Granted, it is not easy to walk in the Spirit. We will make mistakes. Life is a relentless struggle with the devil—a fierce, unyielding foe who wants to destroy us. Satan will resist every effort we make to be like Jesus and to love others. But walking in the Spirit builds a life, a character, that is pleasing to God. When people see us, they should see Jesus in us. The reward is well worth the struggle to break free from the flesh: “love, joy, peace, patience, kindness, goodness, faithfulness, gentleness, self-control; against such things there is no law” (Gal. 5:22-23). Through Christ, we have crucified the flesh and all its passions and desires. Now, we need to live as though we’re dead to sin, keeping in step with the Spirit (see Gal. 5:24-25). This is what Paul means by “walk in a worthy manner” (see Col. 1:10). Henry writes, “Believers are engaged in a conflict, in which they earnestly desire that grace may obtain full and speedy victory” (11). Paul vividly describes this struggle in Romans 7.

My fleshly struggles over the years were many. When I finally abdicated the throne and turned my will and life over to Christ, I began to hate sin. No longer did I wish to talk one way and walk another. Whenever I took the wrong way out of a situation, I was allowing my flesh to do as it pleased. I was seeking a humanly way to escape. Tired of abusing God’s grace, I needed to stop treating it as a blank check. Now, I am embracing my new life in Christ, abundant and free. A new walk. As men, we are expected to be in control. Strong, now week. Able to solve dilemmas on our own. It’s tough to meet the standard of walking in the Spirit. As men of God, covered by the blood of Jesus Christ, we are required to admit our powerlessness, our countless shortcomings and mistakes, and to yield to the Holy Spirit for guidance, wisdom, and power.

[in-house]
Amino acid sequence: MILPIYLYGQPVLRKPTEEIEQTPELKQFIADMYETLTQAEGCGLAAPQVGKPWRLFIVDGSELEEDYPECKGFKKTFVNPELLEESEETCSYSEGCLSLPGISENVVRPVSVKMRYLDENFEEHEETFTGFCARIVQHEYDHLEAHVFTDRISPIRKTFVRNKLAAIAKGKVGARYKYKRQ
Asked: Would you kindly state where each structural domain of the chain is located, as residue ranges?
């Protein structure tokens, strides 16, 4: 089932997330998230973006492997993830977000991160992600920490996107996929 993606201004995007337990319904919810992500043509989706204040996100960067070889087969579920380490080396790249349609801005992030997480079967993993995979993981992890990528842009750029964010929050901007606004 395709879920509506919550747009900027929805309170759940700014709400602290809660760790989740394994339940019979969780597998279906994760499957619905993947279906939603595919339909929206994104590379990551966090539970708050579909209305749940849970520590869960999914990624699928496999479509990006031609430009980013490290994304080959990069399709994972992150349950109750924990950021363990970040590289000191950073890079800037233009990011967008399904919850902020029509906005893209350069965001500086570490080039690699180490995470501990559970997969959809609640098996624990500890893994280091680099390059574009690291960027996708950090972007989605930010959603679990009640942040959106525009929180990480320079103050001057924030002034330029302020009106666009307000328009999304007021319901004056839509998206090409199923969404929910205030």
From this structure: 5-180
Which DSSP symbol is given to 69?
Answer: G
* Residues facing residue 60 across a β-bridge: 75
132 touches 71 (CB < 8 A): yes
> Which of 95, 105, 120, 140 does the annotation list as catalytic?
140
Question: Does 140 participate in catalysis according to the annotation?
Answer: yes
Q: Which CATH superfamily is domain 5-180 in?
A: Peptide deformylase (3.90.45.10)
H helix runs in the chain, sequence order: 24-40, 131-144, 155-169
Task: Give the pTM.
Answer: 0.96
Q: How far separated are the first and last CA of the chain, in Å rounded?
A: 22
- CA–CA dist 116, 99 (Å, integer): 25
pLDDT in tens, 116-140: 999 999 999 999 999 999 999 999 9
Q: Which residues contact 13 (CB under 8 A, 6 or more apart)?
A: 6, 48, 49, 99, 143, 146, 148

Steven Barto, B.S. Psy, M.A. Theology

(1) Bill Crowder, “Beautifully Broken,” Our Daily Bread (Grand Rapids, MI: Our Daily Bread Ministries, Vol. 66, Nos. 9, 10, &11), Friday Dec. 17.
(2) Matthew West, “Broken Things,” on All In, released Sept. 21, 2017, Sparrow Records.
(3) Paul Tillich, The Courage to Be (New Haven, CN: Yale University Press, 1952), 4.
(4) Gordon T. Smith, Courage and Calling (Downers Grove, IL: InterVarsity Press, 2011), 183.
(5) Ibid., 9-10.
(6) Reggie McNeal, A Work of Heart: Understanding How God Shapes Spiritual Leaders (San Francisco, CA: Jossey-Bass, 2011), 76.
(7) Ibid., 75.
(8) “Porn as Erototoxic,” The Reisman Institute. URL:
(9) Covenant Eyes, “Day 7: Brain Chemicals and Porn Addiction,” (Owosso, MI: Covenant Eyes, 2021). URL:
(10) Trish Leigh, “The Real Dangers of Pornography,” Dr. Trish (n.d.). URL:
(11) Matthew Henry, Matthew Henry’s Concise Commentary on the Whole Bible (Nashville, TN: Thomas Nelson, Inc., 1997), 1142.

I Look Foward to a Dialog on This. Please Comment.

Fill in your details below or click an icon to log in: Logo

You are commenting using your account. Log Out /  Change )

Twitter picture

You are commenting using your Twitter account. Log Out /  Change )

Facebook photo

You are commenting using your Facebook account. Log Out /  Change )

Connecting to %s

the poet's billow

a resource for moving poetry


Anxiety & Panic Disorders & Addiction RECOVERY

Poetry for the People

Exploring the Ordinary to Find the Extraordinary

From The Darkness Into The Light

love, christ, God, devotionals ,bible studies ,blog, blogging, salvation family,vacations places pictures marriage, , daily devotional, christian fellowship Holy Spirit Evangelists

Poetry Blog

Writing by Samuel Pye

Reflections from the Pew

"And the Word became flesh and made his dwelling among us, and we saw his glory!" John 1:14

The Accidental Apologist

Christ in Post-Christian Culture

We Are Free Indeed

'So if the Son sets you free, you will be free indeed.' John 8:36

Alethea's Mind

...find truth!

Karina's Thought

Living by Faith

My Bible Reading, Listening and Living

revelations and reflections from my daily devotion

Mitch Teemley

The Power of Story

Word Fountain

The Literary Magazine of the Osterhout Free Library

Poetry Breakfast

Serving a little poetic nourishment every morning. Start your day with our new expanded menu. Poems, of course, are our specialty. But we will also be serving a fuller menu that includes poetry book reviews to feed poets' and poetry lovers' souls.

An American Editor

Commentary on Books, eBooks, and Editorial Matters

Family Recovery

Drug and Alcohol Treatment Blog

Everything I Never Told You

Lucidly in shadows. Poetry from a hand that writes misty.

Disciples of hope

Living the hope that comes from Christ

%d bloggers like this: